Criticism of Gold Coast Suns, Ablett unwarranted
Gary Ablett after another Gold Coast Suns loss (Slattery Images)
Former Brownlow Medallist Gary Ablett and the Gold Coast Suns have faced intense scrutiny in season 2012. Much of this criticism, particularly that which has been pointed at Ablett, is unwarranted.
The Suns are just 33 games old in their brief history but have been scorched by the media following a winless, and at most times uncompetitive, start to the 2012 season.
It seems several factors have contributed to the Gold Coast’s disappointing sophomore year in the AFL.
Namely tactics, structure, on-field leadership and individual form have let them down.
The structure of the Suns has been non-existent this year; their game plan is unrecognisable.
Gold Coast CEO Travis Auld conceded his team’s lack of direction in an interview on The Footy Show.
“We made a decision in year one that the team would play a more free-flowing, man-on-man type of football,” he said.
“And in year two we would have to introduce some structures.”
It seems ridiculous to have let a young team, consisting of mostly first-year players, run around without structure for a whole year.
Where is the discipline and the education for these amateur footballers?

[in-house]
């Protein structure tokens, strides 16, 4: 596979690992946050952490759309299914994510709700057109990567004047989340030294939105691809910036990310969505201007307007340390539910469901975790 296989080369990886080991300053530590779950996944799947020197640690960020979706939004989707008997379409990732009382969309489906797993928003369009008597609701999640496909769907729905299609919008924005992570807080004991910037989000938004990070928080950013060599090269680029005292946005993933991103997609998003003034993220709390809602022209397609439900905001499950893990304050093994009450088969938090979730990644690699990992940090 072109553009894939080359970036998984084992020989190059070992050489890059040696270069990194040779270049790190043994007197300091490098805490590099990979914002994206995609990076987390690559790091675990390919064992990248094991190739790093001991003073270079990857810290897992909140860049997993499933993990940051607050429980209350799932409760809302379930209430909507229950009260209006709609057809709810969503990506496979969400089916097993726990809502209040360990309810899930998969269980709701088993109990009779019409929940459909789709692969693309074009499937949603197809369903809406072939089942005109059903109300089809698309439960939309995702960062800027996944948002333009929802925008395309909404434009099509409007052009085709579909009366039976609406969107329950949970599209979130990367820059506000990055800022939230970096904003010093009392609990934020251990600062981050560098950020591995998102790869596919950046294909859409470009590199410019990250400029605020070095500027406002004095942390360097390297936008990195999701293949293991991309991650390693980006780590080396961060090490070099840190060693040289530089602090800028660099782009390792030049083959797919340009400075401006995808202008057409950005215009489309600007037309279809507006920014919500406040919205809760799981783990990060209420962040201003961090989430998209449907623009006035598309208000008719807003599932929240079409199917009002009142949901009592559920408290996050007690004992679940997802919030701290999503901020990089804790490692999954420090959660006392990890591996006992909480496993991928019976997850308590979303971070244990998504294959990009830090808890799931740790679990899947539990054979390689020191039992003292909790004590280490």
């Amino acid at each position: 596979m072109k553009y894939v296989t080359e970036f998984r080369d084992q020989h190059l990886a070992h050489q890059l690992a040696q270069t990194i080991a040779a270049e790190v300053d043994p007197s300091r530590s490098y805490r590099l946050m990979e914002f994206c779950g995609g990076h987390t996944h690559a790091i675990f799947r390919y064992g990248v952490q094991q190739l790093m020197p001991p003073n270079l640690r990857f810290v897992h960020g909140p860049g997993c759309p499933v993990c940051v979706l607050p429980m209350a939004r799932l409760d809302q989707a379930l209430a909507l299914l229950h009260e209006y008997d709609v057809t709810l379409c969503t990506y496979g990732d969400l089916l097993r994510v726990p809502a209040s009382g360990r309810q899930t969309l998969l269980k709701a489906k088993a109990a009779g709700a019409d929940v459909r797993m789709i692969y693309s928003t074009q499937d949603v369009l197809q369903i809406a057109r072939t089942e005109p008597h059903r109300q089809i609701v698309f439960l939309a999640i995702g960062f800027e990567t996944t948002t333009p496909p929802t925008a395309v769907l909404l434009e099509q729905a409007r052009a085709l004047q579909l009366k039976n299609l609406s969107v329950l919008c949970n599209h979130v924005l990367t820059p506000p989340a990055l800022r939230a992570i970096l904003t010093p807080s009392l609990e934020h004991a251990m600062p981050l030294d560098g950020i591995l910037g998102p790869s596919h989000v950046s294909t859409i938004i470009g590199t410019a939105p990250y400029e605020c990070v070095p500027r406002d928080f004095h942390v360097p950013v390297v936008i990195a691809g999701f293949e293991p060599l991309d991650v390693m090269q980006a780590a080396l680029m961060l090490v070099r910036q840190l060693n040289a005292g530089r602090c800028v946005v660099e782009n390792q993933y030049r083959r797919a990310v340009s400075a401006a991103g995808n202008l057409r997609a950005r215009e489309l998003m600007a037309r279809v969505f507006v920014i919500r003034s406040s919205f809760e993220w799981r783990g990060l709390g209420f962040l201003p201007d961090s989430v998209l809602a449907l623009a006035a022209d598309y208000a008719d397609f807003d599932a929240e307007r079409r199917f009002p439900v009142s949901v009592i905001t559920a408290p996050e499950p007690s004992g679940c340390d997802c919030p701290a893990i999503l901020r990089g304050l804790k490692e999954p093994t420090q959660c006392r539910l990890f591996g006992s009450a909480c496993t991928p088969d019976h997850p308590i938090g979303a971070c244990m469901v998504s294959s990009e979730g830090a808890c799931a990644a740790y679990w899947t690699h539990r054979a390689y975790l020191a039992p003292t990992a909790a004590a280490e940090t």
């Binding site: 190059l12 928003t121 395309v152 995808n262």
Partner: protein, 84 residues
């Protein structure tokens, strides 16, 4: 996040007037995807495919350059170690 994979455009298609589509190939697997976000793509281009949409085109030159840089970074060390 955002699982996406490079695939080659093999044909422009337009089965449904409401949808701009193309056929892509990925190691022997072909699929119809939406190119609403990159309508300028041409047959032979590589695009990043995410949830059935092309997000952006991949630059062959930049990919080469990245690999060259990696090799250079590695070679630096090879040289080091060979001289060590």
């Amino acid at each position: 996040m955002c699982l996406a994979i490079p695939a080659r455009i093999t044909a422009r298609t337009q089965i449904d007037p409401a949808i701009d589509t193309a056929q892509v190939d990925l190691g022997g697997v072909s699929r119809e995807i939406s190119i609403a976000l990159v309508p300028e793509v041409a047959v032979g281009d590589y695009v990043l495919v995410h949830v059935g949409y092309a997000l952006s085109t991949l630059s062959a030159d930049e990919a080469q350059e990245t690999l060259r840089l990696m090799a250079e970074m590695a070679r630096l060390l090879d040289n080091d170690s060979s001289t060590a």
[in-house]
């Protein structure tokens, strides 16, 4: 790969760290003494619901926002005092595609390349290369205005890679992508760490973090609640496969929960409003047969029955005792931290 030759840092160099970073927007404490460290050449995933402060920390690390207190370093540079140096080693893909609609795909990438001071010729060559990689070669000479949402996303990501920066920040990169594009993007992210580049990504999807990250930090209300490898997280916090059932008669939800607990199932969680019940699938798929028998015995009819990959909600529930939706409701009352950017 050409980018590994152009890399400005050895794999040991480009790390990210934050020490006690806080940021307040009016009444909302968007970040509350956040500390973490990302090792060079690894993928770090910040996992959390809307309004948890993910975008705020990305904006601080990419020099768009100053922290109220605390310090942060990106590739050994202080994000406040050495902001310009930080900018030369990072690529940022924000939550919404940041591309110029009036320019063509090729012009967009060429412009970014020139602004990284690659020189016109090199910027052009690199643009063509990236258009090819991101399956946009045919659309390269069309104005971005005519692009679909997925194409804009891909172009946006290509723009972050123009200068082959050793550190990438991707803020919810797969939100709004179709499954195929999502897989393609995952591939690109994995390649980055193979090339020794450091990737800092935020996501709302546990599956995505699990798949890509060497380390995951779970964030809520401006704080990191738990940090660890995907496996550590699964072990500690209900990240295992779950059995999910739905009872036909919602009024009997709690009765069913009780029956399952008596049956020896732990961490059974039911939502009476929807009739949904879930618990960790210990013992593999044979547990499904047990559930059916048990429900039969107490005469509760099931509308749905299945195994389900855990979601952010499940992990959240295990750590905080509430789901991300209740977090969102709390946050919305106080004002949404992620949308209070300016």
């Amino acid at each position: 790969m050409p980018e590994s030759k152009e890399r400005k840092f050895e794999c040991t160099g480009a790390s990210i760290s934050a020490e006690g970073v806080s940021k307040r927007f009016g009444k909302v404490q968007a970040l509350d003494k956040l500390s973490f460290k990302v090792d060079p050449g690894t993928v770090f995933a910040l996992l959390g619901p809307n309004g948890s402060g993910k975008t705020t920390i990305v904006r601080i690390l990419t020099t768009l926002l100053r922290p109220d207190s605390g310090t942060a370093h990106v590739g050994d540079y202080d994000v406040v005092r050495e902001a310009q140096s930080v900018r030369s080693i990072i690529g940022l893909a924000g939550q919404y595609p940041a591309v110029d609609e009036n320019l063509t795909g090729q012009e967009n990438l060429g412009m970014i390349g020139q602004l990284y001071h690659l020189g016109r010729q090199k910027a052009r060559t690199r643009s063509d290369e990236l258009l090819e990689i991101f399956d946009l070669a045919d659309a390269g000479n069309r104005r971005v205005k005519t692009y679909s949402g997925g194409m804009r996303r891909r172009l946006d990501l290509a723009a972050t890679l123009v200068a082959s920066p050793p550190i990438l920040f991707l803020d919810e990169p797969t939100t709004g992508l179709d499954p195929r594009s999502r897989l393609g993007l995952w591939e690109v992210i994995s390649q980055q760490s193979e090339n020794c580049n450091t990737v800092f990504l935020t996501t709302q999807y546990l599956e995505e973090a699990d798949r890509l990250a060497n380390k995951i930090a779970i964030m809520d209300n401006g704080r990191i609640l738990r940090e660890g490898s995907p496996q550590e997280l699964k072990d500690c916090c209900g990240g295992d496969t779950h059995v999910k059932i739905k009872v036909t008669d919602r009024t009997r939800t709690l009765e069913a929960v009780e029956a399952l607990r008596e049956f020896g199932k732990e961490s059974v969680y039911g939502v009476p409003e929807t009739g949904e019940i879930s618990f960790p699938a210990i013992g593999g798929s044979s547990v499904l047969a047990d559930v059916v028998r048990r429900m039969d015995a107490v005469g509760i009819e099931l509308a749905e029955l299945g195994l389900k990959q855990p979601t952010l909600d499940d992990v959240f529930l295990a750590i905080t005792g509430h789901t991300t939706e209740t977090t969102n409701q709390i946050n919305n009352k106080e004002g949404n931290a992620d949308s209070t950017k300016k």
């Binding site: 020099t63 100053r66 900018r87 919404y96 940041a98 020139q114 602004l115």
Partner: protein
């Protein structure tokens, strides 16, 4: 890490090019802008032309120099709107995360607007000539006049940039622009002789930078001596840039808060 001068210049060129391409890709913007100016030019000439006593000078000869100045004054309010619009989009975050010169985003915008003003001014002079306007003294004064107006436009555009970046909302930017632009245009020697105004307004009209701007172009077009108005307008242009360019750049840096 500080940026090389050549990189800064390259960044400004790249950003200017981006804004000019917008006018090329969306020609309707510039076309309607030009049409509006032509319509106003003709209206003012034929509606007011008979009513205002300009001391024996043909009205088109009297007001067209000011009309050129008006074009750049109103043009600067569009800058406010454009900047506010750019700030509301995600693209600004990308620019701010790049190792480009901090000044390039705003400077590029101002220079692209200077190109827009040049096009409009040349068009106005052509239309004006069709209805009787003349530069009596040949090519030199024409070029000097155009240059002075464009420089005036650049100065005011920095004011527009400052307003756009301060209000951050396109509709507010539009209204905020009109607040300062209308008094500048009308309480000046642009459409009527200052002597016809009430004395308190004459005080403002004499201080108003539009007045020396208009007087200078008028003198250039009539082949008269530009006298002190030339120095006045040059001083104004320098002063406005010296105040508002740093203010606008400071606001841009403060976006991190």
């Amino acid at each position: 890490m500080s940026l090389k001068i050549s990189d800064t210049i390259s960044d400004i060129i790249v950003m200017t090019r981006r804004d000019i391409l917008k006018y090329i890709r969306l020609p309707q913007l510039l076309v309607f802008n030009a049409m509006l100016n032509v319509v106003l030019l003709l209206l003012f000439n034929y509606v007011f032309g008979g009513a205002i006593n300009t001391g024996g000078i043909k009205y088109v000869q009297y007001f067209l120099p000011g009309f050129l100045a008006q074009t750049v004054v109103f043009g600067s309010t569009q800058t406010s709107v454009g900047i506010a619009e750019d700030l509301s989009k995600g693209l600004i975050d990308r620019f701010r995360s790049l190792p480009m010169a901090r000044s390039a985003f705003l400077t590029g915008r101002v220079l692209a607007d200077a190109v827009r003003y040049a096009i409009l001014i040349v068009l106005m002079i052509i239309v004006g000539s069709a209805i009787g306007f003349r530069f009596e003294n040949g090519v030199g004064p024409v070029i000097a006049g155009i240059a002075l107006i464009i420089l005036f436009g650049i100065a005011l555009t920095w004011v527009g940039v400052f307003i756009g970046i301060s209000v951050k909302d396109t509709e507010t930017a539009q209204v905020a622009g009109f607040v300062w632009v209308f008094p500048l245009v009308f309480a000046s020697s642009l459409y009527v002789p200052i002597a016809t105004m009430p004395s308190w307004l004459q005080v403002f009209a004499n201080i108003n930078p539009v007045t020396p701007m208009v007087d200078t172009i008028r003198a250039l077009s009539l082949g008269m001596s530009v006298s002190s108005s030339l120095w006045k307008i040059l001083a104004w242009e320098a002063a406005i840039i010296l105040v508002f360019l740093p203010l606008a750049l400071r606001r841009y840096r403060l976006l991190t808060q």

It is no wonder the Suns cannot carry out a game plan; they are used to running around with no rules, regulations or consequences.
Similarly the Suns could have benefited from extra on-field direction from their senior players.
Consider fellow expansion-franchise GWS Giants.
They employed several veteran players to fulfil on-field coaching roles.
Luke Power, Dean Brogan, James McDonald and Chad Cornes have provided wonderful leadership and direction for the young Giants.
These four have essentially controlled and directed proceedings while on the ground.
They ensure players are positioned accordingly for zones, kick-outs and stoppages, accelerating the “apprenticeship” of their first-year teammates.
While Gary Ablett has provided wonderful leadership for the Suns, he is arguably the only experienced player doing so.
The Suns have missed the experience of key defender Nathan Bock, who suffered a horrific injury earlier this year.
He and Ablett are the only Suns players mentoring their inexperienced colleagues.
The final consideration to ponder is the “second-year blues” syndrome, afflicted to players who struggle in their second season in the competition following an impressive debut year.
Former Rising Star winners Daniel Rich and Rhys Palmer have both suffered the second-year blues after setting the competition alight in their rookie years.
At the end of the day, it must be remembered the majority of these players are in just their second year, still adapting to the physical and mental demands of AFL football.
Criticism of these babies of the AFL is unwarranted as the second year is arguably tougher than the first.
Branded with expectations they were never going to meet, the Suns were always destined for failure in 2012.
Bad decisions have marred the Gold Coast Suns during their time in the AFL.
Hopefully these choices do not stunt the development of such talented young footballers.
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